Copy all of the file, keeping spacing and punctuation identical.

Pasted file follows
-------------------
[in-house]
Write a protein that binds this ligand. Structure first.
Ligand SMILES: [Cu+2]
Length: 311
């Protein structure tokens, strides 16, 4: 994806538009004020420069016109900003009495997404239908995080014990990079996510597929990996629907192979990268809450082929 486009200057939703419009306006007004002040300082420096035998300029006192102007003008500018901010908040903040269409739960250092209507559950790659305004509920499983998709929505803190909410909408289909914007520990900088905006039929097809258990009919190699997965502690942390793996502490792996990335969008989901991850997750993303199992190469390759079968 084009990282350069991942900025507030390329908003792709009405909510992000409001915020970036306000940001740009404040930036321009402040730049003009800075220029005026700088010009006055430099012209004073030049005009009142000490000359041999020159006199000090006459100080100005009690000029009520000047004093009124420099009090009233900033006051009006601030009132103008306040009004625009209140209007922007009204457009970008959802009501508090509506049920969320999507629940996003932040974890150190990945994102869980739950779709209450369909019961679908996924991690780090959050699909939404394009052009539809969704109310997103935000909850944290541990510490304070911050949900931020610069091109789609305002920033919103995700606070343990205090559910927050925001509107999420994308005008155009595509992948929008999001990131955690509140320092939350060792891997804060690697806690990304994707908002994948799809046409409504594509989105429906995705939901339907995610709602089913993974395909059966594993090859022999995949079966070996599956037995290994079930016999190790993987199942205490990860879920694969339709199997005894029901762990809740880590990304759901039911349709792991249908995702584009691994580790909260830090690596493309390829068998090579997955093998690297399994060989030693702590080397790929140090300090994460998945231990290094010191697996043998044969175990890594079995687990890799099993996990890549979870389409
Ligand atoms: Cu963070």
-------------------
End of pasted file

[in-house]
Write a protein that binds this ligand. Structure first.
Ligand SMILES: [Cu+2]
Length: 311
């Protein structure tokens, strides 16, 4: 994806538009004020420069016109900003009495997404239908995080014990990079996510597929990996629907192979990268809450082929 486009200057939703419009306006007004002040300082420096035998300029006192102007003008500018901010908040903040269409739960250092209507559950790659305004509920499983998709929505803190909410909408289909914007520990900088905006039929097809258990009919190699997965502690942390793996502490792996990335969008989901991850997750993303199992190469390759079968 084009990282350069991942900025507030390329908003792709009405909510992000409001915020970036306000940001740009404040930036321009402040730049003009800075220029005026700088010009006055430099012209004073030049005009009142000490000359041999020159006199000090006459100080100005009690000029009520000047004093009124420099009090009233900033006051009006601030009132103008306040009004625009209140209007922007009204457009970008959802009501508090509506049920969320999507629940996003932040974890150190990945994102869980739950779709209450369909019961679908996924991690780090959050699909939404394009052009539809969704109310997103935000909850944290541990510490304070911050949900931020610069091109789609305002920033919103995700606070343990205090559910927050925001509107999420994308005008155009595509992948929008999001990131955690509140320092939350060792891997804060690697806690990304994707908002994948799809046409409504594509989105429906995705939901339907995610709602089913993974395909059966594993090859022999995949079966070996599956037995290994079930016999190790993987199942205490990860879920694969339709199997005894029901762990809740880590990304759901039911349709792991249908995702584009691994580790909260830090690596493309390829068998090579997955093998690297399994060989030693702590080397790929140090300090994460998945231990290094010191697996043998044969175990890594079995687990890799099993996990890549979870389409
Ligand atoms: Cu963070």